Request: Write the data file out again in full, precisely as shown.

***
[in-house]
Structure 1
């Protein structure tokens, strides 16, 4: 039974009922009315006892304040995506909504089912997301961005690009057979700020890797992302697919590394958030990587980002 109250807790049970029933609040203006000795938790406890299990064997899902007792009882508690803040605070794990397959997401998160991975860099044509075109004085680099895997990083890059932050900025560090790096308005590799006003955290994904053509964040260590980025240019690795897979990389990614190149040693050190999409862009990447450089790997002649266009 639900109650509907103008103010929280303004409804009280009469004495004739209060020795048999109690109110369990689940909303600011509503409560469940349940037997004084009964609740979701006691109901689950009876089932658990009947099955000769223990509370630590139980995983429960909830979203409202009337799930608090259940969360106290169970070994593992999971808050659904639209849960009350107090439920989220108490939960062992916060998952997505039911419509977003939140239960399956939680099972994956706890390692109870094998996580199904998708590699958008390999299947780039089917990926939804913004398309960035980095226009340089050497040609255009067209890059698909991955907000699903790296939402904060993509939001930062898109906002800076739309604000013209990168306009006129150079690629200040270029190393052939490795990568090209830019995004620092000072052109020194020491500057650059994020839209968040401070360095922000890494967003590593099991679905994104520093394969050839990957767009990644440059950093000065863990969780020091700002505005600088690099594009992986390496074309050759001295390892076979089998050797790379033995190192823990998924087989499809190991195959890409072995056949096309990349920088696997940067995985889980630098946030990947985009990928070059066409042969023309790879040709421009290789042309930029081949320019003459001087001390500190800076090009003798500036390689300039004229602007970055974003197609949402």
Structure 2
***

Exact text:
[in-house]
Structure 1
């Protein structure tokens, strides 16, 4: 039974009922009315006892304040995506909504089912997301961005690009057979700020890797992302697919590394958030990587980002 109250807790049970029933609040203006000795938790406890299990064997899902007792009882508690803040605070794990397959997401998160991975860099044509075109004085680099895997990083890059932050900025560090790096308005590799006003955290994904053509964040260590980025240019690795897979990389990614190149040693050190999409862009990447450089790997002649266009 639900109650509907103008103010929280303004409804009280009469004495004739209060020795048999109690109110369990689940909303600011509503409560469940349940037997004084009964609740979701006691109901689950009876089932658990009947099955000769223990509370630590139980995983429960909830979203409202009337799930608090259940969360106290169970070994593992999971808050659904639209849960009350107090439920989220108490939960062992916060998952997505039911419509977003939140239960399956939680099972994956706890390692109870094998996580199904998708590699958008390999299947780039089917990926939804913004398309960035980095226009340089050497040609255009067209890059698909991955907000699903790296939402904060993509939001930062898109906002800076739309604000013209990168306009006129150079690629200040270029190393052939490795990568090209830019995004620092000072052109020194020491500057650059994020839209968040401070360095922000890494967003590593099991679905994104520093394969050839990957767009990644440059950093000065863990969780020091700002505005600088690099594009992986390496074309050759001295390892076979089998050797790379033995190192823990998924087989499809190991195959890409072995056949096309990349920088696997940067995985889980630098946030990947985009990928070059066409042969023309790879040709421009290789042309930029081949320019003459001087001390500190800076090009003798500036390689300039004229602007970055974003197609949402």
Structure 2